A: As long as you don't have income, the government doesn't require you to get health coverage and won't fine you. Specifically, if you don't make enough money so that you have to file a federal tax form, you're in the clear from the law's insurance mandate. The tax-filing threshold is $10,000 for an individual, $20,000 for a family.
Even as tiny preschoolers, black children more likely to be suspended from US public schools
WASHINGTON (AP) — Black students are more likely to be suspended from U.S. public schools — even as tiny preschoolers.
The racial disparities in American education, from access to high-level classes and experienced teachers to discipline, were highlighted in a report released Friday by the Education Department's civil rights arm.
The suspensions — and disparities — begin at the earliest grades.
Black children represent about 18 percent of children enrolled in preschool programs in schools, but almost half of the students suspended more than once, the report said. Six percent of the nation's districts with preschools reported suspending at least one preschool child.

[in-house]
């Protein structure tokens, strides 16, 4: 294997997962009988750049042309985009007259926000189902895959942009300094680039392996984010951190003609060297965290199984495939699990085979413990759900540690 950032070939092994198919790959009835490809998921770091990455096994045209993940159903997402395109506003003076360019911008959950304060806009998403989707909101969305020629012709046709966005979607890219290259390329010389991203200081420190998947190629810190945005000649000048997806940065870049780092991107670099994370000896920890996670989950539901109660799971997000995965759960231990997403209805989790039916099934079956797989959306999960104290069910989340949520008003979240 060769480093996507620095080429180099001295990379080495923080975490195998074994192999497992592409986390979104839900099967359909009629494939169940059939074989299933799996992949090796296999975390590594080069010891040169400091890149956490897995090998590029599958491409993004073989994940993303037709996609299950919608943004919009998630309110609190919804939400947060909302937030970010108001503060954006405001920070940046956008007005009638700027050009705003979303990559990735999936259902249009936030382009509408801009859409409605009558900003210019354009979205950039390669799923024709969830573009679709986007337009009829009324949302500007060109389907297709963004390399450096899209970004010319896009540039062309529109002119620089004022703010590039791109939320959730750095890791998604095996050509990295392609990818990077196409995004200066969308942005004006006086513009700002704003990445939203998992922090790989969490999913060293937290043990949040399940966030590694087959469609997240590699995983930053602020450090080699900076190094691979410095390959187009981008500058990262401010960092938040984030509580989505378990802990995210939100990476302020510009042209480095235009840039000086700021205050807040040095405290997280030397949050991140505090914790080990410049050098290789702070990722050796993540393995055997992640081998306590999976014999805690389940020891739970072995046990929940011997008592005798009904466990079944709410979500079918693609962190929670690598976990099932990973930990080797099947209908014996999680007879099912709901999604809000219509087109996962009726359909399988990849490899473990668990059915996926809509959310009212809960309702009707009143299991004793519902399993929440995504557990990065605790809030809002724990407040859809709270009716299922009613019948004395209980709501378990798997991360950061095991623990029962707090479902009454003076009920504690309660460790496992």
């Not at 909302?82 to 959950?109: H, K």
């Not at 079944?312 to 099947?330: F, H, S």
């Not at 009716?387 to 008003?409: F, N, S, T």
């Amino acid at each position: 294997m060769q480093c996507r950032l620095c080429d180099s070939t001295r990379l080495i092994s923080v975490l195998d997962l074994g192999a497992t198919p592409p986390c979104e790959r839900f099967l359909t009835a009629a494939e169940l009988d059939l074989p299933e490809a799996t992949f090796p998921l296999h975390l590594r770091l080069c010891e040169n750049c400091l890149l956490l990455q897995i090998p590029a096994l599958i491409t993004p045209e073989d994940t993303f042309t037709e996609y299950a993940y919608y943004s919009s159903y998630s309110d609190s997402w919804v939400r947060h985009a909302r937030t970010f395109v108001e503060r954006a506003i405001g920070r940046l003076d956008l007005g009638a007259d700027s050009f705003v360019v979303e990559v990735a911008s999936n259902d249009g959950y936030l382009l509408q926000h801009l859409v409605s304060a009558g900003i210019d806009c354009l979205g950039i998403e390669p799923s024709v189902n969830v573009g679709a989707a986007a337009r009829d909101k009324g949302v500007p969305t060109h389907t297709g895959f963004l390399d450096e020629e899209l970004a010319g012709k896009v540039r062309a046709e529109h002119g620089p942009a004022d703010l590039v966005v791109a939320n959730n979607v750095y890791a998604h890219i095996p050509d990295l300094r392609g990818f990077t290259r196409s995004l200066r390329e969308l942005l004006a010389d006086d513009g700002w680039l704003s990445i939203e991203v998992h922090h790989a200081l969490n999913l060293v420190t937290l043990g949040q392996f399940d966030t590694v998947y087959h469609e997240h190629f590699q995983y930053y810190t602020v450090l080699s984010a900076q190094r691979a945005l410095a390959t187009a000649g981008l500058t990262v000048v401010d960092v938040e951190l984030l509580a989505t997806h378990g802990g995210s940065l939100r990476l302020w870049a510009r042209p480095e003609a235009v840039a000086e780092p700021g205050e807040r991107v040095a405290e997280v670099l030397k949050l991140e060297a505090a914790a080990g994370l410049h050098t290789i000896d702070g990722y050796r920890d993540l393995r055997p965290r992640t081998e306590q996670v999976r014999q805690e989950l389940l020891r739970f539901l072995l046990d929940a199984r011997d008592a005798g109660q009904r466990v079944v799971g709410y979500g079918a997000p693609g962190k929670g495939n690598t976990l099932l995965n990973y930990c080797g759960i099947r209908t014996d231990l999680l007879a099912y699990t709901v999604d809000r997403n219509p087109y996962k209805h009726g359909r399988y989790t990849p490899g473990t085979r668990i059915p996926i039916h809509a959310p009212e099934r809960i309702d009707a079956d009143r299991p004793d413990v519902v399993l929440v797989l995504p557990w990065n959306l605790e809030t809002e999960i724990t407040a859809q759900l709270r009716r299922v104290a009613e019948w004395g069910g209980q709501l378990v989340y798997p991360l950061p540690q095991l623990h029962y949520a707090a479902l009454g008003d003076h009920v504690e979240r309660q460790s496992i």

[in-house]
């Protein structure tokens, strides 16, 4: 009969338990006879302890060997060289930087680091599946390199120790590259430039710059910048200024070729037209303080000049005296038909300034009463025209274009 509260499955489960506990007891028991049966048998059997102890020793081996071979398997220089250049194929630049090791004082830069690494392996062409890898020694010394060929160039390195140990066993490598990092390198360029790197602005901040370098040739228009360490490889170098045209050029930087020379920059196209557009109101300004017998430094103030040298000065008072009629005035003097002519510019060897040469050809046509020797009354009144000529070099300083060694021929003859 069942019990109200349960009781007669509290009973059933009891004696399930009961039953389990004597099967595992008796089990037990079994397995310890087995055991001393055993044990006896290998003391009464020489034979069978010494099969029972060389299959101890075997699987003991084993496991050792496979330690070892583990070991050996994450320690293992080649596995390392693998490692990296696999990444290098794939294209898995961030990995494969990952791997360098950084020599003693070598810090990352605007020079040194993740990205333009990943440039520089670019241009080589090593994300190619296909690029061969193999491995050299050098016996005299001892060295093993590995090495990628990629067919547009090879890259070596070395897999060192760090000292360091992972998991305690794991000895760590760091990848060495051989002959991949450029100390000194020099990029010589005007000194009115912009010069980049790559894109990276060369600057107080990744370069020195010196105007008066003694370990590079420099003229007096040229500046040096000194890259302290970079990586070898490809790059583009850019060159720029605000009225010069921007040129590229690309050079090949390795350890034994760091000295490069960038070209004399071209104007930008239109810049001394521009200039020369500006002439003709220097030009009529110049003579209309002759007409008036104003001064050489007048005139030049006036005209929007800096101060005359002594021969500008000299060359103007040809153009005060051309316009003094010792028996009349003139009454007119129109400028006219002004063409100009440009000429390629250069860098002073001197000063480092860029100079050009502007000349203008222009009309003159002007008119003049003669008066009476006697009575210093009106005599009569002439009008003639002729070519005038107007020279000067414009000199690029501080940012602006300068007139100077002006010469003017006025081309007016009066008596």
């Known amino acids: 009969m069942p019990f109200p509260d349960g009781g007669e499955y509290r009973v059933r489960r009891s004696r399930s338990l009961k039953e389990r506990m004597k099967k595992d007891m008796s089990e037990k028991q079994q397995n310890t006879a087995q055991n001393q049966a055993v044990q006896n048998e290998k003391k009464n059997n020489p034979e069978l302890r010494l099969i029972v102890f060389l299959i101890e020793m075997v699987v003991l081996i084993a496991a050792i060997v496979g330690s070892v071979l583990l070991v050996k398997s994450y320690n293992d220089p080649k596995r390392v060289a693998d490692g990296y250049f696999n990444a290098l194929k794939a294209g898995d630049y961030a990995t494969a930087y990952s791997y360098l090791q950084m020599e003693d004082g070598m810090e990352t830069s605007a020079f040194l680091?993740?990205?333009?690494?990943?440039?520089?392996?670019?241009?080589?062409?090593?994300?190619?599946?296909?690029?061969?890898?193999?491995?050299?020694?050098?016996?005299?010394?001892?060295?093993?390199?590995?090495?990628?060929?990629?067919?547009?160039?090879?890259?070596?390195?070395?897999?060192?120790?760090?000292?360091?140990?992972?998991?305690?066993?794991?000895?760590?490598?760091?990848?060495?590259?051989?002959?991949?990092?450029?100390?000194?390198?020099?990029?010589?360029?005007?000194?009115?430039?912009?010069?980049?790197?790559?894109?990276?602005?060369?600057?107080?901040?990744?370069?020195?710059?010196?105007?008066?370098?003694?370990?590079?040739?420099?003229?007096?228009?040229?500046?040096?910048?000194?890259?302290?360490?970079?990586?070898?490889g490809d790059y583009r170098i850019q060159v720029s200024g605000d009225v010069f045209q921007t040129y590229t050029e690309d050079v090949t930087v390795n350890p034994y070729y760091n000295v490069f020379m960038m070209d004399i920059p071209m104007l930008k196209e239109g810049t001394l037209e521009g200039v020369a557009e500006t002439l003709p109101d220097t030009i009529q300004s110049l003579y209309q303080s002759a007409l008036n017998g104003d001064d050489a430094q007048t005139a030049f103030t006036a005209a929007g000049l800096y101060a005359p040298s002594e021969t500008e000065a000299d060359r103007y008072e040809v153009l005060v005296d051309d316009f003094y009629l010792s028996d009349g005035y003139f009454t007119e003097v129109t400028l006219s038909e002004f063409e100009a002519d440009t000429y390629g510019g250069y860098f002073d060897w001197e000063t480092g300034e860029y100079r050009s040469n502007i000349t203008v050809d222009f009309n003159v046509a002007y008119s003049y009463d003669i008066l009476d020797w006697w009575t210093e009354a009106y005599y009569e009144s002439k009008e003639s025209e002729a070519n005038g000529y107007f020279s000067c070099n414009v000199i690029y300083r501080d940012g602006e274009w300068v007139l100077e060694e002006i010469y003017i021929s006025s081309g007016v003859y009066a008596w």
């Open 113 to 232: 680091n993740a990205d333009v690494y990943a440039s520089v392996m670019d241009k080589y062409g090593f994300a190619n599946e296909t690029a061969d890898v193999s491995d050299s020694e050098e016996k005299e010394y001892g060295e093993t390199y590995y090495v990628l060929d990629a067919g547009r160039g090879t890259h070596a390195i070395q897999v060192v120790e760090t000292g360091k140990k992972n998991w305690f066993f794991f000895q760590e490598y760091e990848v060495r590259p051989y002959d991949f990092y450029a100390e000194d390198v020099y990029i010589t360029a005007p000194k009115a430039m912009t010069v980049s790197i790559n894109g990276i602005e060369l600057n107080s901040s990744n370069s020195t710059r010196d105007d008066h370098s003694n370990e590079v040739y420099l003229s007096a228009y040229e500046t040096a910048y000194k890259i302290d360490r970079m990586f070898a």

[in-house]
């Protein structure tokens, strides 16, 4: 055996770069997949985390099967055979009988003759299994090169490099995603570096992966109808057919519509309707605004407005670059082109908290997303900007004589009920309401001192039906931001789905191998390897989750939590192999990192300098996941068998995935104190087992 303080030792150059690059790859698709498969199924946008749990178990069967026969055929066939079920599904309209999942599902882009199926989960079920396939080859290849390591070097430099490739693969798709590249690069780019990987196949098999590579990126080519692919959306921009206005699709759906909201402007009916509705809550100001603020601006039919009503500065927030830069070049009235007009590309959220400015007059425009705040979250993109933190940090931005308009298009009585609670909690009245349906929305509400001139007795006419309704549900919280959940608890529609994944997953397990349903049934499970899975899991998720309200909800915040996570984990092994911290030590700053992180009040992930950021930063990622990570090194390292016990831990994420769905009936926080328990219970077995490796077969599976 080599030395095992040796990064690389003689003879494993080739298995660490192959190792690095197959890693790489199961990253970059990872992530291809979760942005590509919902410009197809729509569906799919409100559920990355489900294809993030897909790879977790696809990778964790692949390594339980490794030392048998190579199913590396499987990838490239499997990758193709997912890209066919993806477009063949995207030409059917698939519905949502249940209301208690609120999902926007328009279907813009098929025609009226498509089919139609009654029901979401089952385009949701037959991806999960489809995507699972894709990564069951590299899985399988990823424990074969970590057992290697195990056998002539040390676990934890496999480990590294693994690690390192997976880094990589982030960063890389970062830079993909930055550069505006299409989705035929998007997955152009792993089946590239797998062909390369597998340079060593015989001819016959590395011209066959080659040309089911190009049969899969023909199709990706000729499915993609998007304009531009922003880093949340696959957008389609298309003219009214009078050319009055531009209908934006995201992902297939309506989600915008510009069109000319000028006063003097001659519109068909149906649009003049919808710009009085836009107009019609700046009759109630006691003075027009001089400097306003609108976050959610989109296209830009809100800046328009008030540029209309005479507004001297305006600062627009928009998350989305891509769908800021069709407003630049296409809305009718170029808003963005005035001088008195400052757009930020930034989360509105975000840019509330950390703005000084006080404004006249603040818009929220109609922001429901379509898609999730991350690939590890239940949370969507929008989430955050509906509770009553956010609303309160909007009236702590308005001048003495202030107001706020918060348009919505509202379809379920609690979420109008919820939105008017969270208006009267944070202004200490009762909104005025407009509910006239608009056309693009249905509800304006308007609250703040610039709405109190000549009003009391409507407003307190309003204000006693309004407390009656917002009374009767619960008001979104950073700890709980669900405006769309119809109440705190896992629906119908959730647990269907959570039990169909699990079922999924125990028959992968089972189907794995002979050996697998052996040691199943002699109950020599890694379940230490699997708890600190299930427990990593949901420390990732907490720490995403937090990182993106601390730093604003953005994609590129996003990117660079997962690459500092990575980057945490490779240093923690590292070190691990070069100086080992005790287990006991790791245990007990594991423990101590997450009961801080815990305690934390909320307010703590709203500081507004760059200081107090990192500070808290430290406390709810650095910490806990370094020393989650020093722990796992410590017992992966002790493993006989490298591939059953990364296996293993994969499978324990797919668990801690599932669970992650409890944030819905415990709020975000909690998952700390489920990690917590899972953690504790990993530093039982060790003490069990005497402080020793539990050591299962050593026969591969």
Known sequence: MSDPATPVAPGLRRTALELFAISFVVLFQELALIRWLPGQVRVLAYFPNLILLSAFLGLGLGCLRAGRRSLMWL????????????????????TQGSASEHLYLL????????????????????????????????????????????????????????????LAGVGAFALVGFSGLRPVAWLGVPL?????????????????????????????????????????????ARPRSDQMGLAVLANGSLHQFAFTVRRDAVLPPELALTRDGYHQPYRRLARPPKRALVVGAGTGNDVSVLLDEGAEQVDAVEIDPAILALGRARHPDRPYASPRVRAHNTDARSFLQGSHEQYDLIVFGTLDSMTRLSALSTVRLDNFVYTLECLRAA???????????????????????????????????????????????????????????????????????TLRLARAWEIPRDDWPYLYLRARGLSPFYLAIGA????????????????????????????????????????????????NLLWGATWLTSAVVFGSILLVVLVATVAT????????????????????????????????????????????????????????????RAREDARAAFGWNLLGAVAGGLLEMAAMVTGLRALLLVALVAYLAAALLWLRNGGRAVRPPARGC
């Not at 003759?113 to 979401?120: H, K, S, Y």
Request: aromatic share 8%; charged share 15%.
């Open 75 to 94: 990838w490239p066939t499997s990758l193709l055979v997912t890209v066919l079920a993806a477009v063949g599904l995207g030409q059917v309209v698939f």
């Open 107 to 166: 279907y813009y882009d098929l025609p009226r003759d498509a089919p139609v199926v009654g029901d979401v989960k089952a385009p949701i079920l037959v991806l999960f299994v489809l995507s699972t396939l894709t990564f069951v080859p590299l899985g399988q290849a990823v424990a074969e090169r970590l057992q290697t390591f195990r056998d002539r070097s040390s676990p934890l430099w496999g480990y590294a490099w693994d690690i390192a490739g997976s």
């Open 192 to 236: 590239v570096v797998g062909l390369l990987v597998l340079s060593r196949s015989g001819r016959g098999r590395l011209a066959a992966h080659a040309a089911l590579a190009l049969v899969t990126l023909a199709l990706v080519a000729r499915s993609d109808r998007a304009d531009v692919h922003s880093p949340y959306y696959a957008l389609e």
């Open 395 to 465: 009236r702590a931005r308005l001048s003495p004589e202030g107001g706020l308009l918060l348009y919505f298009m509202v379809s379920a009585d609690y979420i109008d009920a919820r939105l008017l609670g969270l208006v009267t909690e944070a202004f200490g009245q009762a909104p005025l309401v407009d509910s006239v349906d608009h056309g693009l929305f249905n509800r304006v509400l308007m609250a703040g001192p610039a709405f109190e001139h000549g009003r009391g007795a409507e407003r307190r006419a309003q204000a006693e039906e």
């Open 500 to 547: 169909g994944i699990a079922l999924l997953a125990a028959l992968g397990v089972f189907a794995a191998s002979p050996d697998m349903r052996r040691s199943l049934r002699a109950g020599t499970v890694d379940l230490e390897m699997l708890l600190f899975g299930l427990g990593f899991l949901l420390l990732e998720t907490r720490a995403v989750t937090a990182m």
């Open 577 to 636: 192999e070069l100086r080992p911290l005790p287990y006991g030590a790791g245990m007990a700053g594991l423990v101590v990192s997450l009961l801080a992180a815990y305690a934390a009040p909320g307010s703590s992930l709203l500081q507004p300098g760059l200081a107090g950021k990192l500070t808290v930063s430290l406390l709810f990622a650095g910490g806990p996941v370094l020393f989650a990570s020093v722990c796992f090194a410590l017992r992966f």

Advocates long have said get-tough suspension and arrest policies in schools have contributed to a "school-to-prison" pipeline that snags minority students, but much of the emphasis has been on middle school and high school policies. This was the first time the department reported data on preschool discipline.
Fate of 'sea gypsies,' environment hang in balance as Myanmar's 'Lost World' penetrated
MERGUI ARCHIPELAGO, Myanmar (AP) — Where the Indian Ocean rolls toward Myanmar's southwestern coast, a lacework of 800 islands rises, fringed with shimmering beaches of no footprints.
Here hornbills break a primeval silence as they flutter through soaring jungle canopy. Pythons slumber on the gnarled roots of eerie mangrove forests. Only rarely will you spot the people who live here: the Moken, shy, peaceful nomads of the sea.
The Mergui archipelago has been called the "Lost World," but outsiders have found it — first fishermen, poachers and loggers, and now developers and high-end tourists. The people losing this world are the Moken, who have lived off the land and the sea for centuries.
The islands are thought to harbor some of the world's most important marine biodiversity, and are a lodestone for those eager to experience one of Asia's last tourism frontiers before, as many fear, it succumbs to the ravages that have befallen many once-pristine seascapes.
As the world closes in, the long-exploited Moken are rapidly diminishing in numbers and losing the occupations that sustained them for generations. Though they are known as "sea gypsies," very few still live the nomadic life, and only some aging men can fashion the "kabang," houseboats on which the Moken once spent much of every year.
Google enhances encryption technology for email service, making it harder for NSA to intercept